“Until I Die” begins like a particular kind of film. All the colours are drained and the actors dialogue doesn’t go anywhere; the camera just drifts through a series of lonely conversations with quiet people who want to be somewhere different. There is such a maudlin feeling it’s almost unbearable; it’s sunk in a mire of empty diners and restless nights on unfriendly beaches. There is no resolution in the song. The focus on loneliness and preoccupation with death marks a considerable shift for the Beach Boys, there is no innocence in this song or optimistic reflection on summer love. Brian Wilson wrote that “I wanted the music to reflect the loneliness of floating a raft in the middle of the Pacific. I wanted each note to sound as if it was disappearing into the hugeness of the universe.” After about one and half minutes of uneasy restlessness, a chorus emerges but, unlike the familiar melodies of the early Beach Boys it is entirely beguiling. Brian Wilson repeatedly sings the line “These Things I’ll be Until I Die”. It emerges amongst waves of unbearably beautiful vocal harmonies, moonlit waves that eventually fade away like you are driving away from the beach and can hear the distant reverberation of the sea. Everything is cradled in that sad melody and, for its duration, there is nothing else that matters in the world. Just don’t listen to it when drunk, you will probably kill yourself or something.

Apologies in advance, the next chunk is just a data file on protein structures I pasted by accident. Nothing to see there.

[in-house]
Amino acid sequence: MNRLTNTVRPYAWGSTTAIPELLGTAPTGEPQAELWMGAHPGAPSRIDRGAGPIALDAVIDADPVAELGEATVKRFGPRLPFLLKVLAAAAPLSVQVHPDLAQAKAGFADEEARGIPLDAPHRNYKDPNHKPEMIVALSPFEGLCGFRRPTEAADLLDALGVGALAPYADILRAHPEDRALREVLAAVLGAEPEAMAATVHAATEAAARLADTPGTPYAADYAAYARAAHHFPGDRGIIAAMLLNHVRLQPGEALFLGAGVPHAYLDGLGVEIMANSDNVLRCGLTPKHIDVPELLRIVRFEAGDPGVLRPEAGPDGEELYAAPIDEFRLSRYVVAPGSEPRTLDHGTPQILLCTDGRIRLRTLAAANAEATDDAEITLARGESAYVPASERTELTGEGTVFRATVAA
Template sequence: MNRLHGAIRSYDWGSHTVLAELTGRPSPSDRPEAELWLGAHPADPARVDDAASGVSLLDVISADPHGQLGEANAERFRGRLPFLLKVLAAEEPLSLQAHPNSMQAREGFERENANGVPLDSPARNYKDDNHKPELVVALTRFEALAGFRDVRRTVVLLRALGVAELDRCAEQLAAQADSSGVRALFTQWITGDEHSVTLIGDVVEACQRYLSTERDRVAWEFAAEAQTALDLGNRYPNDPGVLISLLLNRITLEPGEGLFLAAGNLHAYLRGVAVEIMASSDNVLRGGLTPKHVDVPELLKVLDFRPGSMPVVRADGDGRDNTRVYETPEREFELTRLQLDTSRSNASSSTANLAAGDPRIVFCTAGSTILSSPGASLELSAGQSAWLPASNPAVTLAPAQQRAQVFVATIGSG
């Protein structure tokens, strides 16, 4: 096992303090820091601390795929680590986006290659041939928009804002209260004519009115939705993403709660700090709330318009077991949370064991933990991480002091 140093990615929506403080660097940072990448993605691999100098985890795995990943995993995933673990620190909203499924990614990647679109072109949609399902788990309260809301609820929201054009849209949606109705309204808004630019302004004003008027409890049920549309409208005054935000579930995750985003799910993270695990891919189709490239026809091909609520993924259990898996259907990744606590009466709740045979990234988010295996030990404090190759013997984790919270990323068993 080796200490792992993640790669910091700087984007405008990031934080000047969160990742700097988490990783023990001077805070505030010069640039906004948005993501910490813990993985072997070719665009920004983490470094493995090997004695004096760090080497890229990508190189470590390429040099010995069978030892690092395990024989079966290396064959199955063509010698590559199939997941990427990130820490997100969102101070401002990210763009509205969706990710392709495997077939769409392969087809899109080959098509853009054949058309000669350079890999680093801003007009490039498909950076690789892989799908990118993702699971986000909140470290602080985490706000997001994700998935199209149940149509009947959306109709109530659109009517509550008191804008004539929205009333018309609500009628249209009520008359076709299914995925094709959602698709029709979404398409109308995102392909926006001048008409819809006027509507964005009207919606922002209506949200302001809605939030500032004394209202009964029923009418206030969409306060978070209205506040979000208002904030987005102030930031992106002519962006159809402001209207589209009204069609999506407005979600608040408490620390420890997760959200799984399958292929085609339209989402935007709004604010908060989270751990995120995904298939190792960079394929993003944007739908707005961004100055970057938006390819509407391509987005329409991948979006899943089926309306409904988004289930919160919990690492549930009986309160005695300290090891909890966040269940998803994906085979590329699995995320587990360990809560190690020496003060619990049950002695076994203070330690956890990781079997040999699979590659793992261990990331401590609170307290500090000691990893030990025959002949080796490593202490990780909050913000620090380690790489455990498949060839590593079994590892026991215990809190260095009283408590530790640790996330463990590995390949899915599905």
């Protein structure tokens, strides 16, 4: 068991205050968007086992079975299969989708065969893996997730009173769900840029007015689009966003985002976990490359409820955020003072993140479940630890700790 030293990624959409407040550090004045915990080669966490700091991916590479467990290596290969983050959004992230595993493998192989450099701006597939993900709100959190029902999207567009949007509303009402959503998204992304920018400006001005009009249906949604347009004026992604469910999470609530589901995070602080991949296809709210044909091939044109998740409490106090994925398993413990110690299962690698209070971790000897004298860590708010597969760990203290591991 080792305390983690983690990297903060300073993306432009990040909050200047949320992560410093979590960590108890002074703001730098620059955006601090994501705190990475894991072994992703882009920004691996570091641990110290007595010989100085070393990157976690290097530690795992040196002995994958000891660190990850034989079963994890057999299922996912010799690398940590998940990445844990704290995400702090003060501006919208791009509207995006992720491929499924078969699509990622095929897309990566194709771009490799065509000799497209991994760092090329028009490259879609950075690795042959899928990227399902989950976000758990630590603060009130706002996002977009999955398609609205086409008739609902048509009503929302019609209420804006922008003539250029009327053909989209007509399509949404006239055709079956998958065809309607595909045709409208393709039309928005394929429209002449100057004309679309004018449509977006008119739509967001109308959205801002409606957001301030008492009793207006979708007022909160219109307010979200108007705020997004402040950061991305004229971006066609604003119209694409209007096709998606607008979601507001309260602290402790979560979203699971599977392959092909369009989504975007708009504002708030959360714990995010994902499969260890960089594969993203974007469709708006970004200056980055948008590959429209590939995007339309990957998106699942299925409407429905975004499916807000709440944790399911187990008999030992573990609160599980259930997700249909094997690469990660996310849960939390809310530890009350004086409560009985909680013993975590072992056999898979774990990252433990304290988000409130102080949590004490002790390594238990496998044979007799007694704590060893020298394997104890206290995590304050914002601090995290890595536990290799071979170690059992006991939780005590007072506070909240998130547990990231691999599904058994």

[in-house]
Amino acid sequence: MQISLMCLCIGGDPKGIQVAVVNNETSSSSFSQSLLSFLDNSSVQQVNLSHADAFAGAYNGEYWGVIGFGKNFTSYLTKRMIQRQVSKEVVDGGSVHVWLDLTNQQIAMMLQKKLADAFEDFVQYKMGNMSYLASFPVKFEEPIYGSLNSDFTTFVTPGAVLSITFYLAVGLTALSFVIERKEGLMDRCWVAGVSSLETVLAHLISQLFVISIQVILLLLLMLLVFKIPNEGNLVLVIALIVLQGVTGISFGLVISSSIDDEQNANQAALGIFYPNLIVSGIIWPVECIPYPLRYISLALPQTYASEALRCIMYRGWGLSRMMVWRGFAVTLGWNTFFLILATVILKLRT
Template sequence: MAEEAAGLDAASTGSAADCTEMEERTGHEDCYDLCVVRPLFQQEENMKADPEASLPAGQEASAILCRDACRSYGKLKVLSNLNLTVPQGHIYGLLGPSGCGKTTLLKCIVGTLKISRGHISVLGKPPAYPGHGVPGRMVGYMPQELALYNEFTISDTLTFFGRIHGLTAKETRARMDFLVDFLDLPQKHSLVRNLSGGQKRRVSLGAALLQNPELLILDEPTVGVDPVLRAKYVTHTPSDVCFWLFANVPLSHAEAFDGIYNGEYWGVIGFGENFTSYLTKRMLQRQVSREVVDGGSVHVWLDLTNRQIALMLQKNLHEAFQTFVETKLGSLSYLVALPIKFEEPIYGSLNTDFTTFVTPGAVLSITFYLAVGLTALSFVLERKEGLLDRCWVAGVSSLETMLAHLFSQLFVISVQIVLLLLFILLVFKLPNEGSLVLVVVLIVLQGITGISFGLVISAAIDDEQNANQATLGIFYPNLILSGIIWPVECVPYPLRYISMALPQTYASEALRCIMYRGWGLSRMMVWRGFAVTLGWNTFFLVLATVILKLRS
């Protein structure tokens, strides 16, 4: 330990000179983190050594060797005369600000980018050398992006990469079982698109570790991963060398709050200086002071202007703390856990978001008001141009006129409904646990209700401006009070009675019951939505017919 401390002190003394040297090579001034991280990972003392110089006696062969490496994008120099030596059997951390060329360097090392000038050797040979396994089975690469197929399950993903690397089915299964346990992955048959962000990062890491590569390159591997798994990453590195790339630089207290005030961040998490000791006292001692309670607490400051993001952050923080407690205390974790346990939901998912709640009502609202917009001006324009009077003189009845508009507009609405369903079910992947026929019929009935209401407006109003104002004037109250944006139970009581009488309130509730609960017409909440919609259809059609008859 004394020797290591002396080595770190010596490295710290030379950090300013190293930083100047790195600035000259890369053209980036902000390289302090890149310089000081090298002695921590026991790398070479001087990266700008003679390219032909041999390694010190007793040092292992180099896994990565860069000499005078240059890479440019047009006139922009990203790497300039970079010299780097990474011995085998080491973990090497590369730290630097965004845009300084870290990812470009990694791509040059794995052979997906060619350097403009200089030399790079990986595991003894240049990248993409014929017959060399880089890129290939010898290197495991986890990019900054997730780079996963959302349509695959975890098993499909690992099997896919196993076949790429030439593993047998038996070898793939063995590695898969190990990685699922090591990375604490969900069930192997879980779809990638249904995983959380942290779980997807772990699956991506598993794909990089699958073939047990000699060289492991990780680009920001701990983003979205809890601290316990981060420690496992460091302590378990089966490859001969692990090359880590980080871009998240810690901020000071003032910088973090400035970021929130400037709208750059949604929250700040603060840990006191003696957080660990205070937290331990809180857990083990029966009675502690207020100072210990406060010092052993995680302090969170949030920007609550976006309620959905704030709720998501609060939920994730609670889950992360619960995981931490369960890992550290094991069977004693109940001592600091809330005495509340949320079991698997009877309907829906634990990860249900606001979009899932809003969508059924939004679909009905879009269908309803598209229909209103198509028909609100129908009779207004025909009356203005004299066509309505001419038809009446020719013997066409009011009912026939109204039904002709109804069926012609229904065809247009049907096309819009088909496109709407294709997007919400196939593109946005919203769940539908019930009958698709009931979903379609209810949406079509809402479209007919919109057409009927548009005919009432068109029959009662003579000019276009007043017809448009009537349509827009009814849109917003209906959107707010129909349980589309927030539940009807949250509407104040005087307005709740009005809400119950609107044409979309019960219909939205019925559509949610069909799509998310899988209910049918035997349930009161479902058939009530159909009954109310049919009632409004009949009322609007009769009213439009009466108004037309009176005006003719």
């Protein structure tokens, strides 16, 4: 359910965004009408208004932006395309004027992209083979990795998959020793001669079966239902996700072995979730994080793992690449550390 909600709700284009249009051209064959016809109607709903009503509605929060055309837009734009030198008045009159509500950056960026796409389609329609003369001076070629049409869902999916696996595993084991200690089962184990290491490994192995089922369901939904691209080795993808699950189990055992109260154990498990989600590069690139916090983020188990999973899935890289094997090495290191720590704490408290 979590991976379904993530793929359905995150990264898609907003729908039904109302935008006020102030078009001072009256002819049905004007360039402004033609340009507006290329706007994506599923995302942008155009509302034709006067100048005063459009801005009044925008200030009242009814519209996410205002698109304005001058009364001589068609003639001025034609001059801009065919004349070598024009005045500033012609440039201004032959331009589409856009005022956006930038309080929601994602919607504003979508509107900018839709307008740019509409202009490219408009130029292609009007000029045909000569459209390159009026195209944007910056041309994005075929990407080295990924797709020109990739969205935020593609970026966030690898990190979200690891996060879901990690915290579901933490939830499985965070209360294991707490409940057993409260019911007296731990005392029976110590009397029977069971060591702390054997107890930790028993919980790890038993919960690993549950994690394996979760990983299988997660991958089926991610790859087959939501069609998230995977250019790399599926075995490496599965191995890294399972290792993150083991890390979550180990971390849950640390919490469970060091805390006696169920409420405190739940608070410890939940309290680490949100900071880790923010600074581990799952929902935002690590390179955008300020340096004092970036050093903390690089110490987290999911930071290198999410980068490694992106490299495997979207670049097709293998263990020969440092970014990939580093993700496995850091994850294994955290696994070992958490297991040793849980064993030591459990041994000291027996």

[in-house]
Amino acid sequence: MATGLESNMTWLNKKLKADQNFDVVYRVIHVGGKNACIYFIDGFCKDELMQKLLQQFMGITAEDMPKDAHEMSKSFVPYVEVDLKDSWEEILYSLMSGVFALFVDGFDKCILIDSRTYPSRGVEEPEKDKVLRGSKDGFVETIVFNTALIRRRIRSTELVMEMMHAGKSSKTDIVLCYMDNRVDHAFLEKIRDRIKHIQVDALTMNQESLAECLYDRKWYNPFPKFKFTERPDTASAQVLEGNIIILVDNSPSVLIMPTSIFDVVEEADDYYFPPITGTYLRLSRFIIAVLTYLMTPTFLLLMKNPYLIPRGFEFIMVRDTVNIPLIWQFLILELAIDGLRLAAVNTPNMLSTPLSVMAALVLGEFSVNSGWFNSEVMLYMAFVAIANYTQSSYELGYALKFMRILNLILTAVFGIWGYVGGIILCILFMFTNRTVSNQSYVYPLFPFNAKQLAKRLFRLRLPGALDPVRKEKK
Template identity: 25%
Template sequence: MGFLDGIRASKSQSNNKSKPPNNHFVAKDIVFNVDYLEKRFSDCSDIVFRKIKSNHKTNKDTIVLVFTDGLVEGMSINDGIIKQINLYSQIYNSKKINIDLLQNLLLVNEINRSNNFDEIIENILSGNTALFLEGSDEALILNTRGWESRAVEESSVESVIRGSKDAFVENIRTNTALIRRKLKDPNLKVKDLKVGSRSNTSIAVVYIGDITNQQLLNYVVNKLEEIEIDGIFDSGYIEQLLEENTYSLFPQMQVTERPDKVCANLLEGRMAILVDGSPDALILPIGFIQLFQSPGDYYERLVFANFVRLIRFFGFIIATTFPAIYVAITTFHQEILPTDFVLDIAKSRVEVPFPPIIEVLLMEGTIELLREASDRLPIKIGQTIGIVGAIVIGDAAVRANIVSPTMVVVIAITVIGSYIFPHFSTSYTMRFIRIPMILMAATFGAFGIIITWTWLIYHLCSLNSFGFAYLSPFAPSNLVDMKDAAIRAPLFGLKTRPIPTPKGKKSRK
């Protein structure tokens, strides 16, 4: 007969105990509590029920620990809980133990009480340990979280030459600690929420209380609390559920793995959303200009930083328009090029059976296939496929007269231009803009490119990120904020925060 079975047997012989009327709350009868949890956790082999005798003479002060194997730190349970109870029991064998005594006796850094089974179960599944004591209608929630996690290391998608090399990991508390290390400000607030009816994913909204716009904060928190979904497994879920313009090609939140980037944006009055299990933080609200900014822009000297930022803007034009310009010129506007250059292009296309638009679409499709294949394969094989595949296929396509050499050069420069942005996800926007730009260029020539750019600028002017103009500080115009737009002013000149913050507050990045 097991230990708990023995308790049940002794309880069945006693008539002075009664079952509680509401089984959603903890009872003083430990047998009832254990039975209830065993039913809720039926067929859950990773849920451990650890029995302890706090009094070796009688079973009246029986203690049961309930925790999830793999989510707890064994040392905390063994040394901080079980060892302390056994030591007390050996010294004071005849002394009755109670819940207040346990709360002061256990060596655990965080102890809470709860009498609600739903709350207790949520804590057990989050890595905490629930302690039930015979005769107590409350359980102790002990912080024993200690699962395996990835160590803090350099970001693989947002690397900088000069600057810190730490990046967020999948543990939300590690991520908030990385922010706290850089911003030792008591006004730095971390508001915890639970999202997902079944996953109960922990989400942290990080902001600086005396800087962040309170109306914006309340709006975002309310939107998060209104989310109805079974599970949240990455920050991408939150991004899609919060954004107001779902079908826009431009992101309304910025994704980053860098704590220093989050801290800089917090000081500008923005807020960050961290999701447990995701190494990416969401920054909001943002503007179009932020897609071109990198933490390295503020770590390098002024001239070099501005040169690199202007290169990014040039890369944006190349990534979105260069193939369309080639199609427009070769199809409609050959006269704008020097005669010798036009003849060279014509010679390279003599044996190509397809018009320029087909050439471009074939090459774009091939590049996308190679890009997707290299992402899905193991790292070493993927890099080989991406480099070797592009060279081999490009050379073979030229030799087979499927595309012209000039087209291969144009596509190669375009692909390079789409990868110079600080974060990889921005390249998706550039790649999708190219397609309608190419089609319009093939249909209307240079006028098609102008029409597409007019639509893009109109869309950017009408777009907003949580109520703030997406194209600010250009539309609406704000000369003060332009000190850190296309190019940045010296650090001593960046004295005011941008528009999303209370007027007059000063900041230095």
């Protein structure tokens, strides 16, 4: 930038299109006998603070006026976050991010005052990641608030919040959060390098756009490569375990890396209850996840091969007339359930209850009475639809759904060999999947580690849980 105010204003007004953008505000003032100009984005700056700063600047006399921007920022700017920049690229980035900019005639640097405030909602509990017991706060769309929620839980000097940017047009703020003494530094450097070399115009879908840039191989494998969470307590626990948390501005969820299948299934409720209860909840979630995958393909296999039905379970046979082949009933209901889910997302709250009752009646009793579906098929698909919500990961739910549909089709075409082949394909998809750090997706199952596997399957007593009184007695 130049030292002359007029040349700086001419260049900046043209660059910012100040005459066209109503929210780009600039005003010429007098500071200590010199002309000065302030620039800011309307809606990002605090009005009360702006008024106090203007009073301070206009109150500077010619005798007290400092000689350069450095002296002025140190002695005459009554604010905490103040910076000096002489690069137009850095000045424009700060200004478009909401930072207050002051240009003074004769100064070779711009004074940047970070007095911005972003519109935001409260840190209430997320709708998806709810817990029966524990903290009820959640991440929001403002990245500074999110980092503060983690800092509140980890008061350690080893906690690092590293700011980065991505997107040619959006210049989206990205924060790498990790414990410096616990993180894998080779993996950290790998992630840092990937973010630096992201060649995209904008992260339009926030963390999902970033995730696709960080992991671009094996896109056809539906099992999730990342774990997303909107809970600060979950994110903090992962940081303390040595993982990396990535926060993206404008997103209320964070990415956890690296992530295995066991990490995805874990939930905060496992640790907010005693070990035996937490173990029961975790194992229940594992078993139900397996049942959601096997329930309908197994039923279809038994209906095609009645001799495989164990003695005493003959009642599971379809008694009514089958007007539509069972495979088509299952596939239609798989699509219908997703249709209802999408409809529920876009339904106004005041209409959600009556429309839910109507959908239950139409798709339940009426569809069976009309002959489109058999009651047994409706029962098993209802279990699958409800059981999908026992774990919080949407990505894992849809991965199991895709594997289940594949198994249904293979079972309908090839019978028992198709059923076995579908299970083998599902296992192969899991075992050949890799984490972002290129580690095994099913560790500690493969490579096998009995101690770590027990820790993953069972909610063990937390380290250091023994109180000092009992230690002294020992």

:: Jonathan hosts Throwing Shapes on RDU 98.5 FM and writes music as Mount Pleasant. He also enjoys romantic nights with wine and cheese, and controversy.